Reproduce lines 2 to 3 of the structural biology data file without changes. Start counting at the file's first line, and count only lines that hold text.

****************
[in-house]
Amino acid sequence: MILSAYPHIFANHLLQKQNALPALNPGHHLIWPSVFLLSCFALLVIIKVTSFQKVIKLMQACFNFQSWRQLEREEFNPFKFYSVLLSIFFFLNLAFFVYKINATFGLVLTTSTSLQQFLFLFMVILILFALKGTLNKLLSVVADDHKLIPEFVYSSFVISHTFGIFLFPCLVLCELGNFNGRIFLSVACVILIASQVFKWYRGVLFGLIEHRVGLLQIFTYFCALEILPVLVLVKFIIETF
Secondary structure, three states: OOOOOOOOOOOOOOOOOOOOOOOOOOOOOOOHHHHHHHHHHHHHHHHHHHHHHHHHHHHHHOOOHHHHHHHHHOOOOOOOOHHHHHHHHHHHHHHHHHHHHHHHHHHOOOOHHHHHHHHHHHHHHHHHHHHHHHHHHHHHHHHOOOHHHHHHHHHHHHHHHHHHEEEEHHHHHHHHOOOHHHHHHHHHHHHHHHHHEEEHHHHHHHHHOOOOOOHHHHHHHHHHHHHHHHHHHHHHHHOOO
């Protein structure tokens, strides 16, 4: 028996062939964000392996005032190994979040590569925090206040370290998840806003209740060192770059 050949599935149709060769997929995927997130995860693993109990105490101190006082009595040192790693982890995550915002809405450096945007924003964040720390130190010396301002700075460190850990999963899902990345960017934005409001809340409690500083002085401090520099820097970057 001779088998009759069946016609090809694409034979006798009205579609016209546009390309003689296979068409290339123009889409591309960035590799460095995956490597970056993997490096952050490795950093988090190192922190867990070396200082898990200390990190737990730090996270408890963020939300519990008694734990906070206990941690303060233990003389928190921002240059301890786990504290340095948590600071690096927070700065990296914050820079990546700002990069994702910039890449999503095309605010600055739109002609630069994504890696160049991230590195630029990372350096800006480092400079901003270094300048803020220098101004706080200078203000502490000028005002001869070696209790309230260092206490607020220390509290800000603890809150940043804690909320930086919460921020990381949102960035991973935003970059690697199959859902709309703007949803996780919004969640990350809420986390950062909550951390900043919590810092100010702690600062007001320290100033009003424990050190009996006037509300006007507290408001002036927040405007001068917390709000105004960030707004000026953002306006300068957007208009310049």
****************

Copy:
Amino acid sequence: MILSAYPHIFANHLLQKQNALPALNPGHHLIWPSVFLLSCFALLVIIKVTSFQKVIKLMQACFNFQSWRQLEREEFNPFKFYSVLLSIFFFLNLAFFVYKINATFGLVLTTSTSLQQFLFLFMVILILFALKGTLNKLLSVVADDHKLIPEFVYSSFVISHTFGIFLFPCLVLCELGNFNGRIFLSVACVILIASQVFKWYRGVLFGLIEHRVGLLQIFTYFCALEILPVLVLVKFIIETF
Secondary structure, three states: OOOOOOOOOOOOOOOOOOOOOOOOOOOOOOOHHHHHHHHHHHHHHHHHHHHHHHHHHHHHHOOOHHHHHHHHHOOOOOOOOHHHHHHHHHHHHHHHHHHHHHHHHHHOOOOHHHHHHHHHHHHHHHHHHHHHHHHHHHHHHHHOOOHHHHHHHHHHHHHHHHHHEEEEHHHHHHHHOOOHHHHHHHHHHHHHHHHHEEEHHHHHHHHHOOOOOOHHHHHHHHHHHHHHHHHHHHHHHHOOO